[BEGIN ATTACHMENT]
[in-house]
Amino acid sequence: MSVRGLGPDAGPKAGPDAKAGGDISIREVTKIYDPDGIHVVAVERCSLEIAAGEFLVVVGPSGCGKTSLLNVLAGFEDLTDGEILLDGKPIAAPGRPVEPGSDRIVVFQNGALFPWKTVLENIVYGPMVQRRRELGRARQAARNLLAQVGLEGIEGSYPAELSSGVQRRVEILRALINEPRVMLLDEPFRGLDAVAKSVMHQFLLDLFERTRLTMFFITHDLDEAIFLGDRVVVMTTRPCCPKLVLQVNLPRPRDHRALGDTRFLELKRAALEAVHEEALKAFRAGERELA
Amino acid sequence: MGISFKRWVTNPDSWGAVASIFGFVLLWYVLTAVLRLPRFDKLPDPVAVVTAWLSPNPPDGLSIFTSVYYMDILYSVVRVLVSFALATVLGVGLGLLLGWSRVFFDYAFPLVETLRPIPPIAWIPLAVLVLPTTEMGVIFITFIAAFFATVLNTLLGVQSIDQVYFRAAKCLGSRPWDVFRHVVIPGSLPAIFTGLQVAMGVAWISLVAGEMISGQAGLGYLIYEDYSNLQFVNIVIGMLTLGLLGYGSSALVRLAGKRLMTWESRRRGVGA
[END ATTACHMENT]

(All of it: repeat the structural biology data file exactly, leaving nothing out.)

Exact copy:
[in-house]
Amino acid sequence: MSVRGLGPDAGPKAGPDAKAGGDISIREVTKIYDPDGIHVVAVERCSLEIAAGEFLVVVGPSGCGKTSLLNVLAGFEDLTDGEILLDGKPIAAPGRPVEPGSDRIVVFQNGALFPWKTVLENIVYGPMVQRRRELGRARQAARNLLAQVGLEGIEGSYPAELSSGVQRRVEILRALINEPRVMLLDEPFRGLDAVAKSVMHQFLLDLFERTRLTMFFITHDLDEAIFLGDRVVVMTTRPCCPKLVLQVNLPRPRDHRALGDTRFLELKRAALEAVHEEALKAFRAGERELA
Amino acid sequence: MGISFKRWVTNPDSWGAVASIFGFVLLWYVLTAVLRLPRFDKLPDPVAVVTAWLSPNPPDGLSIFTSVYYMDILYSVVRVLVSFALATVLGVGLGLLLGWSRVFFDYAFPLVETLRPIPPIAWIPLAVLVLPTTEMGVIFITFIAAFFATVLNTLLGVQSIDQVYFRAAKCLGSRPWDVFRHVVIPGSLPAIFTGLQVAMGVAWISLVAGEMISGQAGLGYLIYEDYSNLQFVNIVIGMLTLGLLGYGSSALVRLAGKRLMTWESRRRGVGA